"It's the most un-rock 'n' roll thing you could do, so I never ever talked about it, but that was actually my obsession before rock-and-roll."
-- Bono, on playing chess
The Vulnerable Side of Pop
March 10, 2017
There’s not a lot of middle ground with Pop. Many U2 fans seem to either love or hate it. The band itself said the album was released unfinished. A few more weeks of work and it might have sounded different, but its message probably would have been the same. The big issue is that some people have the wrong impression because of the name Pop. I believe the album’s name doesn’t express its real meaning.
It all starts with “Discotheque,” a dancing song with a unique video. I was shocked when I watched it the first time. Today, I think it’s funny, but I’m almost sure Larry wouldn’t agree with me. Anyway, the beginning of Pop is about a new tone the band wanted to explore. They immersed themselves in electronic music and pop art. The colorful cover shows that perception, too.
But the album also includes a critique of consumer society and how pop culture could be trashy. That reflection is the most important, in my view, and is noticeable throughout the entire album. From middle to end, Pop has a different mood. The ambiguity is what really attracts me.
Underneath the costume is a beating heart that is desperately searching for answers. The album includes a lot of references to God and Jesus, and the lyrics are full of questions. Bono is inquiring about two of the central points of life: love and faith. That crisis is clear on “If God Will Send His Angels” and, as Niall Stokes said in U2: The Stories Behind Every Song, “reaches epidemic proportions.”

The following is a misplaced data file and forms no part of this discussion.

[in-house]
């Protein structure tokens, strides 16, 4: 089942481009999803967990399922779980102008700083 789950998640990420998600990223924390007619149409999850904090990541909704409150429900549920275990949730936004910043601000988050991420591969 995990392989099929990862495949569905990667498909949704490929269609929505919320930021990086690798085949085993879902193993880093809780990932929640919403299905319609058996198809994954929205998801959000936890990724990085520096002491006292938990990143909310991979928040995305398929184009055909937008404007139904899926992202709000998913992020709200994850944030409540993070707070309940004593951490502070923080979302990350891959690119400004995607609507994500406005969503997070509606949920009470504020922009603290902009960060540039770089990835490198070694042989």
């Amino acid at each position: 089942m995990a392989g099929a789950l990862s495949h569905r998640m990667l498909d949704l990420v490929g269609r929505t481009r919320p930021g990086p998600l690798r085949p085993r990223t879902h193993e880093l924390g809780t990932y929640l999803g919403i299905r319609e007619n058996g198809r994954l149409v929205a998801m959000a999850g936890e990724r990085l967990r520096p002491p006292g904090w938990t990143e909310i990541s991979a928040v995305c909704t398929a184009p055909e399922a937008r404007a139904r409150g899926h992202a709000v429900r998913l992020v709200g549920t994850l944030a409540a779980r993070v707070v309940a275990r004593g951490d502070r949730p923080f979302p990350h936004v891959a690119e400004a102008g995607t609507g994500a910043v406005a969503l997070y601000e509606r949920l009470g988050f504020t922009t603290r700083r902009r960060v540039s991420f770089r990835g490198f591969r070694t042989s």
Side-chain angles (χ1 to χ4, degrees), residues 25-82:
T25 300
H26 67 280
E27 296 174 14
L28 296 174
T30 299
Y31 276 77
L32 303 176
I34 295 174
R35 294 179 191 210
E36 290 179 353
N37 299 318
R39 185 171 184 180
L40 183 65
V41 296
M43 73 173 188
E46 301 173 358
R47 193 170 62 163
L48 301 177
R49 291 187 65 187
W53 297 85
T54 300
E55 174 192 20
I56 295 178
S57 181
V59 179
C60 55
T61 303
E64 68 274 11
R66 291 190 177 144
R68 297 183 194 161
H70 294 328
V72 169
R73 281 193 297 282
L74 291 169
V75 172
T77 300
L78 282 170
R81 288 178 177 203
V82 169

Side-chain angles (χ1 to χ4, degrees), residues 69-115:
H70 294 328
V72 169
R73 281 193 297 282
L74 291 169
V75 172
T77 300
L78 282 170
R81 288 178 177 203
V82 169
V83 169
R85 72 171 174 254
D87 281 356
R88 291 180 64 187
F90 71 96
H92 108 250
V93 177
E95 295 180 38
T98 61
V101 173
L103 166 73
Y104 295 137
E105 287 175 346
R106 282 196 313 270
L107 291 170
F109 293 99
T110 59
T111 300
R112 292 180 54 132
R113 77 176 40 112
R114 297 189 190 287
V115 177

God’s got his phone off the hook, babe
Where do we go?
More relevant than finding answers, however, is the ability to come up with those questions. If you can do it during a dark moment, with mixed emotions, it’s already positive. U2 were not ashamed to show human vulnerability.
It was the end of the decade, and we were about to enter into a new century. The band was finishing a process - experimentation with techno music (since Achtung Baby and Zooropa). What was left? Superficially, the album appears to be only about partying, dancing and colors.
“I’m skeptical about these reference points,” Larry says in Stokes’ book. “I just like the idea of taking what’s out there and f----- with it.”
Actually, Pop is much more than it appears. Mass culture provides ephemeral satisfaction, then takes you to the emptiness of the soul. The impact of the album goes straight to those deep feelings when you’re lost and things are falling apart.
The crisis of faith is very present in the album, as it is in post-modernity.
“There are a lot of arguments with God on this record,” Bono says in U2 By U2. “But it does not chart my loss of faith. You can’t be having an argument with God if you don’t believe there is one.” That sentiment appears strongly again on “Wake Up Dead Man.”
Like most of U2’s albums, Pop ends with a reflective song. It was a long walk from the bright “Discotheque” to the black and blue “Wake Up Dead Man.”
According to Edge, in U2 By U2, the album “began as an escapist concept and then slowly, almost like the coming up of the dawn, the morning after, it ended with the realization that there is no escape and you’re back to the grim realities.”
The final track could be interpreted as a prayer or a plea.
Jesus, Jesus help me
Jesus, I’m waiting here, boss
If there’s an order in all of this disorder
Pop asks big questions that were on the minds and in the hearts of many people. The late 20thcentury marked an era of confusion and frustration, and uncertainty about the values and principles of the future. Although Pop is not one of my favorite U2 albums, it is remarkable because the band was courageous and took risks. Pop was released exactly 10 years after the The Joshua Tree, which was a worldwide success and took U2 to the top. They could have chosen the easiest path, but instead faced this new challenge in their career. For me, it’s a complex album full of torn human emotions, a self-rediscovery - and that’s the part I like most.
(c) @U2/Bottini, 2017